Tehran has no benefit from the nuclear deal anymore since Washington reimposed sanctions on Iran, the Islamic Republic's deputy foreign minister for political affairs, warned on Monday, November 26.
"The Joint Comprehensive Plan of Action (JCPOA) is in a “critical situation” Abbas Araqchi insisted, adding, “This is a reality".
Speaking at a seminar on Iran-EU cooperation held in Brussels, Araqchi said with the reimposition of U.S. sanctions, Tehran’s benefits from the lifting of sanctions has “nearly reached zero”.
Araqchi said the JCPOA used to be “quite balanced” in "giving and taking", but now, this balance has been shaken and “we should cooperate to restore it”.
Meanwhile, Araqchi lamented that the real reason behind European countries' reluctance to host SPV is the recent remarks made by Brian Hook, the US State Department's special representative on Iran.
The Special Purpose Vehicle (SPV) is designed to act as a kind of clearing house that could be used to help match Iranian oil and gas exports against purchases of EU goods in an effective barter arrangement. However, no EU country has come forward as a potential host - delaying the plan.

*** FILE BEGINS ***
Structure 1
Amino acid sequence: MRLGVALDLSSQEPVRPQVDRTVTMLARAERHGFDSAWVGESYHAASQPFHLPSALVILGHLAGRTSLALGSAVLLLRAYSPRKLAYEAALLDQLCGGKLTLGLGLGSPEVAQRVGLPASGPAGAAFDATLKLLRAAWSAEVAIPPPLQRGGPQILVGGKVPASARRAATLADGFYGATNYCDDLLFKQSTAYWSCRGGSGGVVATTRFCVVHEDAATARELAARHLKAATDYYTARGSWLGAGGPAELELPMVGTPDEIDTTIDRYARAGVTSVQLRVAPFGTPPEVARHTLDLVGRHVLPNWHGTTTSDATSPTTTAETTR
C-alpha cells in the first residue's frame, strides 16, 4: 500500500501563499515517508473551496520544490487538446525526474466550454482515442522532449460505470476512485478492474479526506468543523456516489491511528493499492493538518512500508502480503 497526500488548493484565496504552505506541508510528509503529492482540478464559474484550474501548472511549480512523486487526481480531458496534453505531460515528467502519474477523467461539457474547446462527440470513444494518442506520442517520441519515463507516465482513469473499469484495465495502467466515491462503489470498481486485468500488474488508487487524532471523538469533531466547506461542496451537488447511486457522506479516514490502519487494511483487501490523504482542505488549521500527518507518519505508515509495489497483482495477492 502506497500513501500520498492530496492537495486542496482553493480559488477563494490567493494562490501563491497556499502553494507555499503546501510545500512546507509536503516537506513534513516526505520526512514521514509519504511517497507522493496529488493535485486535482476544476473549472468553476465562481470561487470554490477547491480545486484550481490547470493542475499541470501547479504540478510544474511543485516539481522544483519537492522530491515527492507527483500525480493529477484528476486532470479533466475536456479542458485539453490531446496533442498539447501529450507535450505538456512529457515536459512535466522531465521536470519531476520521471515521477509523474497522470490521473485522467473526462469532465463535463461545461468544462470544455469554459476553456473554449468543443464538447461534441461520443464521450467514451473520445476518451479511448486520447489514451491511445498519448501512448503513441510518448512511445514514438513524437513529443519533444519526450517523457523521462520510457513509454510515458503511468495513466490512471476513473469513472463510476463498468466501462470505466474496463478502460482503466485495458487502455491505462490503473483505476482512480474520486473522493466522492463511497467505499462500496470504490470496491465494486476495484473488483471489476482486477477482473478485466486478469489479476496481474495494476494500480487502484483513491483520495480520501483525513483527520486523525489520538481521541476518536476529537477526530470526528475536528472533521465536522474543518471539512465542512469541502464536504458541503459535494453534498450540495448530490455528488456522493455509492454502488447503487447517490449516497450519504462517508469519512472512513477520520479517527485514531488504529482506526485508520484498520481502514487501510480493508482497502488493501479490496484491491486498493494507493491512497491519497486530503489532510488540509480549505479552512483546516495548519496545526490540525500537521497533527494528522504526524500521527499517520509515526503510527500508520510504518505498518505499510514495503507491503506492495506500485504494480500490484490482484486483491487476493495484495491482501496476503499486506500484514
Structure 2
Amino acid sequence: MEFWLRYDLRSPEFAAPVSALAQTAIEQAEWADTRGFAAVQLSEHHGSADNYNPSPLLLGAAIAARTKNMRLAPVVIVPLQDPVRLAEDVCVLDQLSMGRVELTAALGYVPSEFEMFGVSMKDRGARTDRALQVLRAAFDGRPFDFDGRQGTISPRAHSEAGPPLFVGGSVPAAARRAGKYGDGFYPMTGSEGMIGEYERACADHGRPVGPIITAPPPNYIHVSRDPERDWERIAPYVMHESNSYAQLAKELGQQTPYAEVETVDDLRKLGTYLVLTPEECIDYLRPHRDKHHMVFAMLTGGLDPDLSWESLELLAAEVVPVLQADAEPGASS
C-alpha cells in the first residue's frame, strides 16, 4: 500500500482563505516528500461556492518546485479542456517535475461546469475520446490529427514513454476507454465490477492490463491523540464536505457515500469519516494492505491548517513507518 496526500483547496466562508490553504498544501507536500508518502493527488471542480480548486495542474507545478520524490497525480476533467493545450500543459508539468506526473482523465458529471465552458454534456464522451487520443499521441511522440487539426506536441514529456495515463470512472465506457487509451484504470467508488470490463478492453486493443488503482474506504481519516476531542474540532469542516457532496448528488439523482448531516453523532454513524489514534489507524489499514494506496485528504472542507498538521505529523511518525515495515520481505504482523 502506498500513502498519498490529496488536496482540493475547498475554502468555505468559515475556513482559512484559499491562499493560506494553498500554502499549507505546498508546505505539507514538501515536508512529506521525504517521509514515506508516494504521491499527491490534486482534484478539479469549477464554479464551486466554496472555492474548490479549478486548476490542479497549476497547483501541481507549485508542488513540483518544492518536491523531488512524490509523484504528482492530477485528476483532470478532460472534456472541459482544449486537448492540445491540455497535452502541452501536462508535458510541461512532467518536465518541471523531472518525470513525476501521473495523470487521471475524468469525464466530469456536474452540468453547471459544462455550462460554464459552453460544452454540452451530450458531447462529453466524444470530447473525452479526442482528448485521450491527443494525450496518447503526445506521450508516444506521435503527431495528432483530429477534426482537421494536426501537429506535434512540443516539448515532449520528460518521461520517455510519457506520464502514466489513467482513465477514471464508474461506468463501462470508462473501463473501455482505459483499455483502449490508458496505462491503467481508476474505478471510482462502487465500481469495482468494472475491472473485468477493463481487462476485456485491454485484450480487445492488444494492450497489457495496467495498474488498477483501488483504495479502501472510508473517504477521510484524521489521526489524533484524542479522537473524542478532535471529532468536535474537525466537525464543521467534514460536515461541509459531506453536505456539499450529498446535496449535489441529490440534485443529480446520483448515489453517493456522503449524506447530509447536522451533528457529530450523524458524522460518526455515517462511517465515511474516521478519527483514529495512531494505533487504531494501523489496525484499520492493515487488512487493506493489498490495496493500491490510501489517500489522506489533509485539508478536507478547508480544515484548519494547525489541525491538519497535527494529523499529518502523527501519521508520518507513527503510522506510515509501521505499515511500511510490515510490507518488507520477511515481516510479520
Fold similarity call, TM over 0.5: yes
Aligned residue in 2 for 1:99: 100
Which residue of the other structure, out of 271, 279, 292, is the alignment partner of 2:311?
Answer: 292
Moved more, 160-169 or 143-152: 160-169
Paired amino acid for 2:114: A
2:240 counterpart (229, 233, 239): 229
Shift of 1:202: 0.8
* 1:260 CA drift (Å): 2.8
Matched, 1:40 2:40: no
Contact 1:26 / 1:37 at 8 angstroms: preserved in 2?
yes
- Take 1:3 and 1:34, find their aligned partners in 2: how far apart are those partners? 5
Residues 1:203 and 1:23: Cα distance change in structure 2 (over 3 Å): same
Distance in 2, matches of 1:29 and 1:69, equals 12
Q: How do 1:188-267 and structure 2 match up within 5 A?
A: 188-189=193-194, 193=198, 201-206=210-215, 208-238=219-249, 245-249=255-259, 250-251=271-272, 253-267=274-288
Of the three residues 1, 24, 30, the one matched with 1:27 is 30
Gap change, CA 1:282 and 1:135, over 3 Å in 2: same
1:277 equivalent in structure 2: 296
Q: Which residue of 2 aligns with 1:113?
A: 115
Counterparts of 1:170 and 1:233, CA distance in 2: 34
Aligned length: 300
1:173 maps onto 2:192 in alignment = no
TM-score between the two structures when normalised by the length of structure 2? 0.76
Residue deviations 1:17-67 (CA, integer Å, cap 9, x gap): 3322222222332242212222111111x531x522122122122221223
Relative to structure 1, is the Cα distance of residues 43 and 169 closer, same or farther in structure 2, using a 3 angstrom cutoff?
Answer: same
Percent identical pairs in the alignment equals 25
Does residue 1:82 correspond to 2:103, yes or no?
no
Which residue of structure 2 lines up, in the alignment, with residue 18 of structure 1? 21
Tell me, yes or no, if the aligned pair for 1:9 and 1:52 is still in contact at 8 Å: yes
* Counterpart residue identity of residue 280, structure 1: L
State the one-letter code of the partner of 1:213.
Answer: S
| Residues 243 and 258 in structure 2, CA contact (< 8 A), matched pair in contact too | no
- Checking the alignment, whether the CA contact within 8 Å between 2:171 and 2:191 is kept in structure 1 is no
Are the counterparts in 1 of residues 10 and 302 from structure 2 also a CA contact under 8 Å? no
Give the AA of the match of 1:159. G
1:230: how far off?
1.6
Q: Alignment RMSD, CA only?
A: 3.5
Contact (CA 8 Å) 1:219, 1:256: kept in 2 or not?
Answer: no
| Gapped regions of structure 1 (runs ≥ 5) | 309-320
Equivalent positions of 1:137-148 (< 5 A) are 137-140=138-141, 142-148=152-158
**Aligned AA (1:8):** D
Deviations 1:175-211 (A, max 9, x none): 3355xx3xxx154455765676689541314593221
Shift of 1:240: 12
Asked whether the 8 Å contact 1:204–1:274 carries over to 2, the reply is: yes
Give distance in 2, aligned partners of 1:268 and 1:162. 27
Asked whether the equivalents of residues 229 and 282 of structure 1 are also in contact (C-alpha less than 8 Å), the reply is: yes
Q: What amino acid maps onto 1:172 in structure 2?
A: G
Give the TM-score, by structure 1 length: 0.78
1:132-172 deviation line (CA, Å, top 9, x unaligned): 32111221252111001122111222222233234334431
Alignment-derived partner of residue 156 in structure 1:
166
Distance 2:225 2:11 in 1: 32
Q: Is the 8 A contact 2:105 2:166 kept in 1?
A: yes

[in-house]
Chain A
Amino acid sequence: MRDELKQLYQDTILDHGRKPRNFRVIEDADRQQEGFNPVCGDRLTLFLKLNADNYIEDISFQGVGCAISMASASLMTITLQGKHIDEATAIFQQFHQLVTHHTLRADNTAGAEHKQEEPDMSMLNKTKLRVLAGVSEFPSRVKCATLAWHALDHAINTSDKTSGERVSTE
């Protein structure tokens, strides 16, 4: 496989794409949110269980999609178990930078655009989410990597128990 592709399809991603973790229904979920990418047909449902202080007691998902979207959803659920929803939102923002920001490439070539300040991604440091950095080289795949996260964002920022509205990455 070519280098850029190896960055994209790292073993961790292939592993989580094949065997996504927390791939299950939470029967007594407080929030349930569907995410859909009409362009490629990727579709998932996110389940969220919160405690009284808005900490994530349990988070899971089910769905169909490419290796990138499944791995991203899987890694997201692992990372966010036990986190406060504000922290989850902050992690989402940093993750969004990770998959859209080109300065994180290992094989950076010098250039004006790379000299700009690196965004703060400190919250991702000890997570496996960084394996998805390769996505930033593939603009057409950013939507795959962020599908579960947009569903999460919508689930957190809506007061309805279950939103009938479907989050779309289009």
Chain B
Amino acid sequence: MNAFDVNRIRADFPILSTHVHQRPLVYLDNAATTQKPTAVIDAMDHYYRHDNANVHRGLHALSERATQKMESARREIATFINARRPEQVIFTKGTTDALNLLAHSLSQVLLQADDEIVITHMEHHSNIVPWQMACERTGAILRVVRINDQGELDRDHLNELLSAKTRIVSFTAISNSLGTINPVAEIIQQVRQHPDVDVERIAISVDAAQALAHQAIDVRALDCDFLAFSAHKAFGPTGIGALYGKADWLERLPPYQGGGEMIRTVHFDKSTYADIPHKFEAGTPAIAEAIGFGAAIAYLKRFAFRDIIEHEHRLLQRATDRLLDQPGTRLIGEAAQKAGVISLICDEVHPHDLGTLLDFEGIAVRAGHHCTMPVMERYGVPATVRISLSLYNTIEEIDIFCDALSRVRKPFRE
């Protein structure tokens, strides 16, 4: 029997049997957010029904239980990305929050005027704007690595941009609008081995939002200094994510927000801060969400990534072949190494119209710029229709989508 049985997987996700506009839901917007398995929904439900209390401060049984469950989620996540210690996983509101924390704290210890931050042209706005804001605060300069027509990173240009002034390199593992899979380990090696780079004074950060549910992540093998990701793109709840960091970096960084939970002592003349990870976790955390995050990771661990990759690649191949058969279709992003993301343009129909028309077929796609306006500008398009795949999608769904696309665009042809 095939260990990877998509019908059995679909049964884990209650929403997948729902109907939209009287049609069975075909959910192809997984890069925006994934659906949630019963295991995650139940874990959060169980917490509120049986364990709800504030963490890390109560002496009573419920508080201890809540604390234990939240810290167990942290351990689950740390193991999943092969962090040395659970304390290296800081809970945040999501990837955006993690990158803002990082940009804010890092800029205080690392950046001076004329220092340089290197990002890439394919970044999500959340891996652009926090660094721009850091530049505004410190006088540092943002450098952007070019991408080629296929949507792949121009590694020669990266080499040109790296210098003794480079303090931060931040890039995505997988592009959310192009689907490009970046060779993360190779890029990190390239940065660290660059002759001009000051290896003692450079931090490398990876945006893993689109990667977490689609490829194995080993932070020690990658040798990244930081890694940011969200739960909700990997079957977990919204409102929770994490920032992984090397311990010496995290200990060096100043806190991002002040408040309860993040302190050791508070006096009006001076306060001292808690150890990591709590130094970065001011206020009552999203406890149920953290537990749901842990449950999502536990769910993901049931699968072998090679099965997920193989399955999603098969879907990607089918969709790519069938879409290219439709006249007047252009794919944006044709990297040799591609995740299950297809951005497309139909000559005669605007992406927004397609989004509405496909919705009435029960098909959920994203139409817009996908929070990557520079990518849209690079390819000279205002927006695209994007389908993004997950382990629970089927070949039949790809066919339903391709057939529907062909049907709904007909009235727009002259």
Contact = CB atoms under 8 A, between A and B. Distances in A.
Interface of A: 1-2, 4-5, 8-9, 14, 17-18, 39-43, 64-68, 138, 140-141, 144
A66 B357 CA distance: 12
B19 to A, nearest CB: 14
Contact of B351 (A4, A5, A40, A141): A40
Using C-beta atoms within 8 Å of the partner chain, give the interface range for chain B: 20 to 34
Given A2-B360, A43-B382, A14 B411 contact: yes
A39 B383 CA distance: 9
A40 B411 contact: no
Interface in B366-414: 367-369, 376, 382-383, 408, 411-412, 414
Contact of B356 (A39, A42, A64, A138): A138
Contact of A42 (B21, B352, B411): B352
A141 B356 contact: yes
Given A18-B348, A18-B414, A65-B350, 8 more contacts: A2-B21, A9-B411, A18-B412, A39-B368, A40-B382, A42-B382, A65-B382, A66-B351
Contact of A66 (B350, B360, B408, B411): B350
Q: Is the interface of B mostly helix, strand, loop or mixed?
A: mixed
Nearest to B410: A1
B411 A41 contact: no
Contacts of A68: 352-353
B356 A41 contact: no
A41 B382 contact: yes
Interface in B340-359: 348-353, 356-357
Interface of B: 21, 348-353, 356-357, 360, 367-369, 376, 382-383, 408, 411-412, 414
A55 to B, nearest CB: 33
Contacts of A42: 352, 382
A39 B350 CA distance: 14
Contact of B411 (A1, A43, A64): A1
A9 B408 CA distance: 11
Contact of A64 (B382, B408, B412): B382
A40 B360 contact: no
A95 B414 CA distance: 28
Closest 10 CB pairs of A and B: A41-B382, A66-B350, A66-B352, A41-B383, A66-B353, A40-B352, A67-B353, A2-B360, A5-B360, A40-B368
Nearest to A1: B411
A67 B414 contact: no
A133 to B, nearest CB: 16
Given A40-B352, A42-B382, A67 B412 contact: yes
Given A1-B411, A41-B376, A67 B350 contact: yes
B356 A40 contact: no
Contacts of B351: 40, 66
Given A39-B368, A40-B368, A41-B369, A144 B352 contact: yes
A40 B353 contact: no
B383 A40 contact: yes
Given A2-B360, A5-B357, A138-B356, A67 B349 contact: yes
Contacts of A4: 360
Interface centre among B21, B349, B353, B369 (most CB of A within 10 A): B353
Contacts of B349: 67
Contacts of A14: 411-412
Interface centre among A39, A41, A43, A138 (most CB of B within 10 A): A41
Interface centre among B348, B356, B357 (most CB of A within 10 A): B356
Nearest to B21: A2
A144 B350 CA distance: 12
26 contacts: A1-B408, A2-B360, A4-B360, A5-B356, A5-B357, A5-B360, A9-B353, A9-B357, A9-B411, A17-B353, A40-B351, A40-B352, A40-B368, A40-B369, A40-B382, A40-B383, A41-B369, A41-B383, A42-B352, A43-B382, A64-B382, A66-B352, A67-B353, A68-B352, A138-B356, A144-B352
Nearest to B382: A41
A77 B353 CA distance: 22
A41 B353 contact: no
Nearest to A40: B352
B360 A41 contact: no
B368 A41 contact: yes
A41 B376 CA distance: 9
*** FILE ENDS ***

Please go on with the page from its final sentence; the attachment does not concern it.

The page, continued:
Earlier at the same seminar in Brussels, the Islamic Republic's deputy President and the head of Iran Atomic Energy Organization, Ali Akbar Salehi bitterly criticized Washington's withdrawal from JCPOA, but reiterated that Iran remains committed to it.
Later at a press conference, the Iranian nuclear chief warned the European Union of "ominous" outcomes if it did not follow through with action to keep the economic benefits of the JCPOA alive.
"If words are not turned into deeds, then ... it is very ominous, the situation would be unpredictable," Salehi said without any elaboration.
Nevertheless, he immediately pointed out that he believed that the 28-nation bloc (EU) was "doing its best" and was on its way to delivering on its promises.
At his joint press conference with Salehi, Europe's climate and energy commissioner Miguel Arias Canete also said that there is no doubt about Europeans' resolve to put the SPV into operation.
"Nobody should have any doubt on the level of political ambition and determination by the member states involved, in particular, France, Germany and the United Kingdom, to swiftly operationalize the SPV," Canete said.